STAMFORD, Conn. -- Stamford sisters Clementine, 11, and Esther Voltaire, 10, aren't afraid of vegetables and regularly eat them as part of their meals.
"Vegetables are our main meal at home," said Esther Voltaire, 10, in words that would be music to the ears of nutritionists everywhere.
They attended a Farm to Table workshop at Fairgate Farm on Wednesday at the 3-year-old urban farm on Stillwater Avenue. It was the second of six workshops being held on Wednesday evenings.
Donna Gaudioso-Zeale is director of Stamford Hospital's population health and prevention, and she said the workshop aims to encourage both young and old to eat a healthy diet.
"The message is about healthy eating and to have them touch, feel and taste," she said about the program's participants.
The farm grew from the cooperation among the community, corporate sponsors, Stamford Hospital and the landowner, Charter Oak Communities (Stamford's public housing authority). The farm is part of the Vita Health & Wellness District on the city's West Side in the area surrounding Stamford Hospital. Its aim is to improve community health.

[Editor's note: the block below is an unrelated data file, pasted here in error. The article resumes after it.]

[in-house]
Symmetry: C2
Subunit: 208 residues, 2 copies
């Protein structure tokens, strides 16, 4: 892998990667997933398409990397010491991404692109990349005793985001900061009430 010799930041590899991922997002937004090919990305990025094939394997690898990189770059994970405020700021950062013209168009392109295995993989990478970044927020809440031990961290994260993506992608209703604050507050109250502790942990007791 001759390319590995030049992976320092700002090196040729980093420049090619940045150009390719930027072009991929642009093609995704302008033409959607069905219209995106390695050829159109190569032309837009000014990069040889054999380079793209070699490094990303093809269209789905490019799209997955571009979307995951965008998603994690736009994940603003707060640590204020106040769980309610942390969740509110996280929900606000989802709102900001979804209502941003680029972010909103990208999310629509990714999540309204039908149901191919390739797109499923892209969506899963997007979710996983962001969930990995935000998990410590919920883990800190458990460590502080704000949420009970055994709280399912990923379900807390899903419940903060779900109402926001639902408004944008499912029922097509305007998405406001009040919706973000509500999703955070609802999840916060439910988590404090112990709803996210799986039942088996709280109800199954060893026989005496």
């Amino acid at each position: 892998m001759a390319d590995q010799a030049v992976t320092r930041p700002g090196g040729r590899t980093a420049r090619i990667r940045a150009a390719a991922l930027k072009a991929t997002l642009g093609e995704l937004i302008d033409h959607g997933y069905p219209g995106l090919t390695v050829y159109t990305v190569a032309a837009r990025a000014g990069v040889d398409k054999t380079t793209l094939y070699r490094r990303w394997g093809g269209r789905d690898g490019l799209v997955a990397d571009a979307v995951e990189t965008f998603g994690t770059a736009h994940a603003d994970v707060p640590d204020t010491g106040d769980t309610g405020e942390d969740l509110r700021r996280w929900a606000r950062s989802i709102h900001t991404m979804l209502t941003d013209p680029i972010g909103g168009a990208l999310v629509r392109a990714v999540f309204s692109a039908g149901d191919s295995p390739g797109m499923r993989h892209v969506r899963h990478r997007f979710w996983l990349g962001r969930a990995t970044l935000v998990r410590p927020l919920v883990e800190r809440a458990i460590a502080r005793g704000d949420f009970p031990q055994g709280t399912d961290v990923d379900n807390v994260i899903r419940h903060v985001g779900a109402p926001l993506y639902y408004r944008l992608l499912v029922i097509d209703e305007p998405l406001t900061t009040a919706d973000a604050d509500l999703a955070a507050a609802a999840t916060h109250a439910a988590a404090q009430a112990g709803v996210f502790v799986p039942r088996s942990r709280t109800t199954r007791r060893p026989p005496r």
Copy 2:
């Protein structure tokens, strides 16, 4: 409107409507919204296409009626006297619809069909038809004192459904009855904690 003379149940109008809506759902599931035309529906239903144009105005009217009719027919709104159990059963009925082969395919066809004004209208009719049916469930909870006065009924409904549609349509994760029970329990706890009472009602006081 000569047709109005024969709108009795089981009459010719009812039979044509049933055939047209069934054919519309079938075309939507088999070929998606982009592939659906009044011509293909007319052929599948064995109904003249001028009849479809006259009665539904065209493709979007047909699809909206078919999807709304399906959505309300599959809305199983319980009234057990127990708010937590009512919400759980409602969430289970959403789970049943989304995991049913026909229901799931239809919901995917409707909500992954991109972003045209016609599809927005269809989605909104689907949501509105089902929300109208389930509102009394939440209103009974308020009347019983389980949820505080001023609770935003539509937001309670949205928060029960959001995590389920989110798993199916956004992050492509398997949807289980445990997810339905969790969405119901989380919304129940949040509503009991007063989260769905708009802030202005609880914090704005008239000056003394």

As part of the workshop, Gavin Pritchard, a registered dietitian, and nutritionist Alejandra Garces were busy preparing yellow and green beans to make three different types of salads for the workshop's participants.
The modest beans are a valuable source of nutrients and protein while at the same time being low in calories, Pritchard told his audience during the cooking demonstration. The beans are also easy to cook, can stay refrigerated a long time and have not risen in price like many other food products, he said.
Farm Manager Bill Callion, former director of public safety for Stamford, oversees the 2-acre Fairgate Farm property and is proud of how far it has come since being saved from development.
"We had three options: a meadow, a pocket park or a community garden or farm," he said. "There are the sweetest sweet peas in the world in that row right there."
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